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Dale L. Huffman


Huffman was born on a livestock farm near Churchville, Virginia, the fourth of seven children. He grew up on a dairy farm in central New York state. After graduating from high school, Huffman continued a family tradition by attending Bridgewater College in Virginia, but Huffman’s college education was put on hold his sophomore year when he joined the U.S. Air Force. Huffman served as an instructor in Cheyenne, Wyoming until deployment for one year during the Korean War. In 1956, Huffman married Jo-Ann Johnson, was discharged from the Air Force and enrolled at Cornell University. At Cornell, he became a member of the meat judging team and received his bachelor’s degree in animal science in 1959. Huffman subsequently attended the University of Florida where he received his master’s and his doctorate degrees in meat and animal science in 1960 and 1962, respectively.
While working for Swift and Company’s Research and Development Center in Chicago, Huffman was part of the research team that received the Food Technology Industrial Achievement Award for antemortem technology to improve the tenderness of beef cattle. Huffman left Swift in 1963 to join the faculty at Auburn University, and in 1969, Huffman returned to Chicago for one year to pursue a fellowship with Armour and Company. Upon his return to Auburn, he directed a graduate-level research project on reconstructed beef which yielded two patents for new beef and pork products and the development of the McRib sandwich marketed by McDonald’s.
During the early 1990s, Huffman led another student research team to a breakthrough in lean beef technology–AU Lean, a line of meat containing about 45 percent less fat and 23 percent fewer calories than traditional ground beef. This product was nationally introduced by McDonald’s as the McLean Deluxe and was available in Disney theme parks, school cafeterias, and grocery stores. Huffman went on to develop reduced fat sausage which contained 15 percent fat compared to 40 percent fat in regular sausage. AU Lean brought Huffman a number of awards and recognitions including Man of the Year in Service to Agriculture by the Alabama Farmers Federation and by “The Progressive Farmer” magazine. For the second time in Huffman’s career, he was awarded the Food Technology Industrial Achievement Award by the Institute of Food Technologists. Additionally, he was inducted into the Alabama Livestock Hall of Fame and was the recipient of the 2006 American Meat Science Association R.C. Pollock Award.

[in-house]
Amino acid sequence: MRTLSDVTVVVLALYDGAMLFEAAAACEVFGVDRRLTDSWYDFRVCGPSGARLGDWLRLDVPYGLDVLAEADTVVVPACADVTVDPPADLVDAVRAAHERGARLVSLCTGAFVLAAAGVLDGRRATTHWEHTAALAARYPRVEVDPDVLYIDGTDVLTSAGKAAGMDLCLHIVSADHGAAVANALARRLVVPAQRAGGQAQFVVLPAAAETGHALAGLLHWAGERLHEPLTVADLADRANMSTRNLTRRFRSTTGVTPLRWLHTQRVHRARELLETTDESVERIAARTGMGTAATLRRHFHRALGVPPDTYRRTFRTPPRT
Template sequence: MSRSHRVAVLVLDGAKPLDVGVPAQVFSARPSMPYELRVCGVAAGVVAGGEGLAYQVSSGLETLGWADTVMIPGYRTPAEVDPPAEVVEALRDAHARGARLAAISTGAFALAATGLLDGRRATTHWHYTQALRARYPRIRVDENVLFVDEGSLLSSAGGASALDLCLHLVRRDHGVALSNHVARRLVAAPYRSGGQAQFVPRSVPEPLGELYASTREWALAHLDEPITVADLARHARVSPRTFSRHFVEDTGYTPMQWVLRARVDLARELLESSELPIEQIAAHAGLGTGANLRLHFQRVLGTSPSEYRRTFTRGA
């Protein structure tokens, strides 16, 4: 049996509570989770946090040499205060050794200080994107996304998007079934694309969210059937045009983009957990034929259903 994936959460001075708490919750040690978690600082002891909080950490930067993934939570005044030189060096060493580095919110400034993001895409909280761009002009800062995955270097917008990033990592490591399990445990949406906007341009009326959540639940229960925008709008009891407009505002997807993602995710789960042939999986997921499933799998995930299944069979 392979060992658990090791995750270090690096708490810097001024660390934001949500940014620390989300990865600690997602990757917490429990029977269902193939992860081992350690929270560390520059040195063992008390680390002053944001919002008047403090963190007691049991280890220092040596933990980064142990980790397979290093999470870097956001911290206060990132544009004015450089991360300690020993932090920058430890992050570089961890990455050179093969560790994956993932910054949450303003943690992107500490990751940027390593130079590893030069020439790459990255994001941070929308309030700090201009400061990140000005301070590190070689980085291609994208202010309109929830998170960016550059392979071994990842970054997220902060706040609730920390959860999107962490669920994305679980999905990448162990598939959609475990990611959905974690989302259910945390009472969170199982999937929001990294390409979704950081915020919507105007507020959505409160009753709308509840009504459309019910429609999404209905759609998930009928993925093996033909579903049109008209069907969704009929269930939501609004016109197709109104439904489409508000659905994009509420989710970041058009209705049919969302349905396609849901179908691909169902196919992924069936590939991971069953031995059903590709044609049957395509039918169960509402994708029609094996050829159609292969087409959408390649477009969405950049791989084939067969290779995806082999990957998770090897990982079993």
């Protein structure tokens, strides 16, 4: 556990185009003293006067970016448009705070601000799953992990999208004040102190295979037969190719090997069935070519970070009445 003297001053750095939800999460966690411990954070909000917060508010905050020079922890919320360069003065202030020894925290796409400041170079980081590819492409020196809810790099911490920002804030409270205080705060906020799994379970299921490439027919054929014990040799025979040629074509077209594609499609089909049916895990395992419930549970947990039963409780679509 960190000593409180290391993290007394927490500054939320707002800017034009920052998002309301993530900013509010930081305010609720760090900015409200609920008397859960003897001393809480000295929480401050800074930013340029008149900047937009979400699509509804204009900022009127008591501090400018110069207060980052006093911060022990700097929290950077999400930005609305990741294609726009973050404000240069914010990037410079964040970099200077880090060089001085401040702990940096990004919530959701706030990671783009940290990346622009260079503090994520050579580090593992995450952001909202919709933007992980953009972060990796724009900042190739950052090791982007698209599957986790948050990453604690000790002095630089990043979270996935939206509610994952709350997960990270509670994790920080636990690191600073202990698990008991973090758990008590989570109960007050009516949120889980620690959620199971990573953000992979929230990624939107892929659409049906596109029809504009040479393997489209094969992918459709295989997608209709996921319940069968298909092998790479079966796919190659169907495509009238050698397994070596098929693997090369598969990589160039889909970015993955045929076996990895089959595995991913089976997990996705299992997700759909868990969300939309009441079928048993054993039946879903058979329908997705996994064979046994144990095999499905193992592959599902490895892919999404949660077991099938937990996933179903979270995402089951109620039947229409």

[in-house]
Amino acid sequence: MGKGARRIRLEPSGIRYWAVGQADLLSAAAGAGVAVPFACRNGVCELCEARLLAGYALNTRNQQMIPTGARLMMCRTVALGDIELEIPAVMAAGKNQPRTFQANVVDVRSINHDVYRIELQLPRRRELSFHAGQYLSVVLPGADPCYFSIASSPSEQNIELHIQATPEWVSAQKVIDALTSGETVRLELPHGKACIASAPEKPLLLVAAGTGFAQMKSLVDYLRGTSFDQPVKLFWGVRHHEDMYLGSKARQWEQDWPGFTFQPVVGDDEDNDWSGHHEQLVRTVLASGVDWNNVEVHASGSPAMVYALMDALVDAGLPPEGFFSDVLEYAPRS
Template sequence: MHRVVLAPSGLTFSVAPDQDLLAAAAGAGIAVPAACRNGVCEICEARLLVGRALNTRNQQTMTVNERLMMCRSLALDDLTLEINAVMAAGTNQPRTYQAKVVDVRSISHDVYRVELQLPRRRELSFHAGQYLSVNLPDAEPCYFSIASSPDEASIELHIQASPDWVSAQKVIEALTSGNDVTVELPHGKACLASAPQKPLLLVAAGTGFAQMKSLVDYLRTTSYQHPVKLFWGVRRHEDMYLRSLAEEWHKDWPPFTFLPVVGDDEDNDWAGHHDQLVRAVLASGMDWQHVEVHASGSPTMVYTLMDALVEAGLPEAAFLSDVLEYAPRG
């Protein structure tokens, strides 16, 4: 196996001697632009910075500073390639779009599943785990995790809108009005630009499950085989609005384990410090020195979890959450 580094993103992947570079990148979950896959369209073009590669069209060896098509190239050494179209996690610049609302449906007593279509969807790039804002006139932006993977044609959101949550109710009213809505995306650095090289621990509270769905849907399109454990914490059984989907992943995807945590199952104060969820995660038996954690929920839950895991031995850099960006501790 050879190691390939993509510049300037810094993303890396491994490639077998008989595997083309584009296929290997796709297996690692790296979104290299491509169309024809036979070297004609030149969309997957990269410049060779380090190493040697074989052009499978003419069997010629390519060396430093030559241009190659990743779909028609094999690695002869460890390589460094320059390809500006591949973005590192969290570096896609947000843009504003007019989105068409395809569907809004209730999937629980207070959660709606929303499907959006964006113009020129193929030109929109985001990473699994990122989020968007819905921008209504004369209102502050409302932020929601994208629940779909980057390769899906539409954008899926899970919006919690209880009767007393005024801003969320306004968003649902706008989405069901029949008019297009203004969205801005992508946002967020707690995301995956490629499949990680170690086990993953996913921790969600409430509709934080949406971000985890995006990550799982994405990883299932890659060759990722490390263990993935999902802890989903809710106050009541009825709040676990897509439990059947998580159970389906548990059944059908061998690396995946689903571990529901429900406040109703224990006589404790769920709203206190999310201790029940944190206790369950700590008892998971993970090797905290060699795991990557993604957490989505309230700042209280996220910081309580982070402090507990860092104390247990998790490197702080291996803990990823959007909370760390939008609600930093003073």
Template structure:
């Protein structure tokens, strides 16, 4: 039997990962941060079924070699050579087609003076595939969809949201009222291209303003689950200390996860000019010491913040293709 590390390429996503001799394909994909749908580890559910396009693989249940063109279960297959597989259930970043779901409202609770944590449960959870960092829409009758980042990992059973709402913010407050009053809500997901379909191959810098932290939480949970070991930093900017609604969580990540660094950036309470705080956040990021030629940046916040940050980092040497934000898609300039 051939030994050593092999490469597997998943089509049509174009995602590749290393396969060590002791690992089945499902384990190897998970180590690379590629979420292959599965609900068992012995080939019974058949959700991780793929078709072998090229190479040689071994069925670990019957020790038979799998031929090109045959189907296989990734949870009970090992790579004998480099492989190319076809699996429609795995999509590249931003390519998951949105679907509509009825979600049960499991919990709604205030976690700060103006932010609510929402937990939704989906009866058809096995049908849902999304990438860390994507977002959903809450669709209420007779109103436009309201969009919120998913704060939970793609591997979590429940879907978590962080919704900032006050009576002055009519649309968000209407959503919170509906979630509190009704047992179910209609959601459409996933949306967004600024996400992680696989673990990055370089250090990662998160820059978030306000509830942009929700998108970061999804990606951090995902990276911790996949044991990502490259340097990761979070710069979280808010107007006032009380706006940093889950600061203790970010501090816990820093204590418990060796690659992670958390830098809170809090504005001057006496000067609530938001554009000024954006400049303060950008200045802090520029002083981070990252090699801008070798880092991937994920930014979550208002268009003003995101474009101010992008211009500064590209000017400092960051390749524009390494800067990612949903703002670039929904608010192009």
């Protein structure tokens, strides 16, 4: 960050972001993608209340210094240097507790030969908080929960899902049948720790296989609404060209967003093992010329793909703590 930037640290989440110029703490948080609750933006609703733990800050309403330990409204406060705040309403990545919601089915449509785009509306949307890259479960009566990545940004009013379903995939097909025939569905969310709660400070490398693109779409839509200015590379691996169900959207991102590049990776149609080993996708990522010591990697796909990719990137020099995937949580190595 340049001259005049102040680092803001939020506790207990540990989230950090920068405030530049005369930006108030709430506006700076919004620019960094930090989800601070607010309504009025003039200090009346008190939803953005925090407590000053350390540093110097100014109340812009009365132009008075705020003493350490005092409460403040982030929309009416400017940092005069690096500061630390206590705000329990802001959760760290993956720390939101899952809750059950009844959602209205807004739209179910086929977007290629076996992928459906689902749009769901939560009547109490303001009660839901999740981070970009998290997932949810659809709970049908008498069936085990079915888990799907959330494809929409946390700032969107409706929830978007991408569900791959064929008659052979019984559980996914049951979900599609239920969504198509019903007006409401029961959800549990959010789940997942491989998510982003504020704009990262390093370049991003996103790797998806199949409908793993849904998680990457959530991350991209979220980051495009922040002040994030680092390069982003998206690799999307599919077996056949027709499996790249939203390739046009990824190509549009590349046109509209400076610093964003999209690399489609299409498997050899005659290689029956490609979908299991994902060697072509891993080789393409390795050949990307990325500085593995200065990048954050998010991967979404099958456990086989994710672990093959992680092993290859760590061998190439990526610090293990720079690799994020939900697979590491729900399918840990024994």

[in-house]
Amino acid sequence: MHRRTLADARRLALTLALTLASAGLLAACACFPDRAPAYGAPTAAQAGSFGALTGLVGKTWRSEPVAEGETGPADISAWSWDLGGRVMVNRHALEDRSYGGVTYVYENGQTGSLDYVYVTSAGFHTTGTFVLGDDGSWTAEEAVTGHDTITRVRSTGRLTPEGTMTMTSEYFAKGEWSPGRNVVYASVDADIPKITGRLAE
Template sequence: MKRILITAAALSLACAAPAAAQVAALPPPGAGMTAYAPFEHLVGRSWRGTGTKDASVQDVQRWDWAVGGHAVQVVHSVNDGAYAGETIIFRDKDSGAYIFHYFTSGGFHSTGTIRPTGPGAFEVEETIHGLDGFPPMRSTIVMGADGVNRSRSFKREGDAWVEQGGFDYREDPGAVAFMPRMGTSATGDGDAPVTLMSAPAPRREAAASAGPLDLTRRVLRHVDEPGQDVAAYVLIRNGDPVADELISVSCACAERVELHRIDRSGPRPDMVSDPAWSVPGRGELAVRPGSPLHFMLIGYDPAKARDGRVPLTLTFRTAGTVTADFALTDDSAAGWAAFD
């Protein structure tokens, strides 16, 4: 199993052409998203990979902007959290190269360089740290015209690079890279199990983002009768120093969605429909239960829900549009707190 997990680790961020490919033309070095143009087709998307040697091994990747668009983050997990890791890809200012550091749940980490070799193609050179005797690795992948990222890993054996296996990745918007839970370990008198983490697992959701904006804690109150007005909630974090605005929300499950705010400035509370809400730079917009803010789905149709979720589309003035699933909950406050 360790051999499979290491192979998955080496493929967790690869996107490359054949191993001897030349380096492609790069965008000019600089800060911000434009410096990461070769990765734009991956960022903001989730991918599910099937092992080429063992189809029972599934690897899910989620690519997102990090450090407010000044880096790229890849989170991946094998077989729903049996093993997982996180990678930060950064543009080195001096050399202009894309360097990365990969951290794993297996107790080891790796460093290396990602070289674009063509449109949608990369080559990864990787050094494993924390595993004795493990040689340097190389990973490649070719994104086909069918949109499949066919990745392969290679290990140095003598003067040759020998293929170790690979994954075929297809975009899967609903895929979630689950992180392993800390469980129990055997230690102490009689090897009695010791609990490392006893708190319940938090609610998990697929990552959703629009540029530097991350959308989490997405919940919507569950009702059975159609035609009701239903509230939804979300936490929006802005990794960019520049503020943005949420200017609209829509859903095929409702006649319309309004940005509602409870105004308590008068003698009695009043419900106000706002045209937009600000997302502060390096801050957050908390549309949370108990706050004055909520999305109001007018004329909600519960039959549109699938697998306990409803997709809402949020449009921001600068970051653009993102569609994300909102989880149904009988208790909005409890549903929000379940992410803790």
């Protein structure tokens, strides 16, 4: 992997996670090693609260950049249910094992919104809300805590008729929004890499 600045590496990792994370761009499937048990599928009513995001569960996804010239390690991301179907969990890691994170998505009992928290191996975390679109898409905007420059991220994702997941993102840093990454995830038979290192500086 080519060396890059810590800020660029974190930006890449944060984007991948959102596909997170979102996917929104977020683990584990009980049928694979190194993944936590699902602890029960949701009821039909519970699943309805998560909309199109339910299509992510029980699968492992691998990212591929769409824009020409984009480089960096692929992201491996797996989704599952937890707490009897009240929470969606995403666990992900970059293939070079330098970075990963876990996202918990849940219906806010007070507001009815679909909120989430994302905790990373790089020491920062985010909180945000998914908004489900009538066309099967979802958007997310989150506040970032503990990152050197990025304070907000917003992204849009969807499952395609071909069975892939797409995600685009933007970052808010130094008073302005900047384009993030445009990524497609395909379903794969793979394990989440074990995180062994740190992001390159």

During his 32-year tenure at Auburn, Huffman taught undergraduate and graduate level courses, led numerous student research teams and served as the director of the Food Technology Institute. He also authored or coauthored more than 300 scientific and popular publications and is a former president of the American Meat Science Association. While Huffman is known for his research activities, he says the most rewarding aspect of his career has been seeing former students become successful and make their marks on the food industry.
Huffman retired from Auburn in 1995 but was not ready to quit working. He and his son established a private consulting firm and went to work for Keystone Foods, McDonald’s largest meat supplier. Huffman retired a second time in 2004 but once again did not lose momentum. Today, Huffman spends his time volunteering and serving on the board at Storybook Farms which specializes in therapeutic horseback riding for special needs children. He also serves on the East Alabama Food Bank board and is active in Rotary International. He is past president of the Lee County Sunrise Rotary Club.
Huffman and wife Jo-Ann live in Auburn and have three children– Shari, Randy, and Emily– and four grandchildren.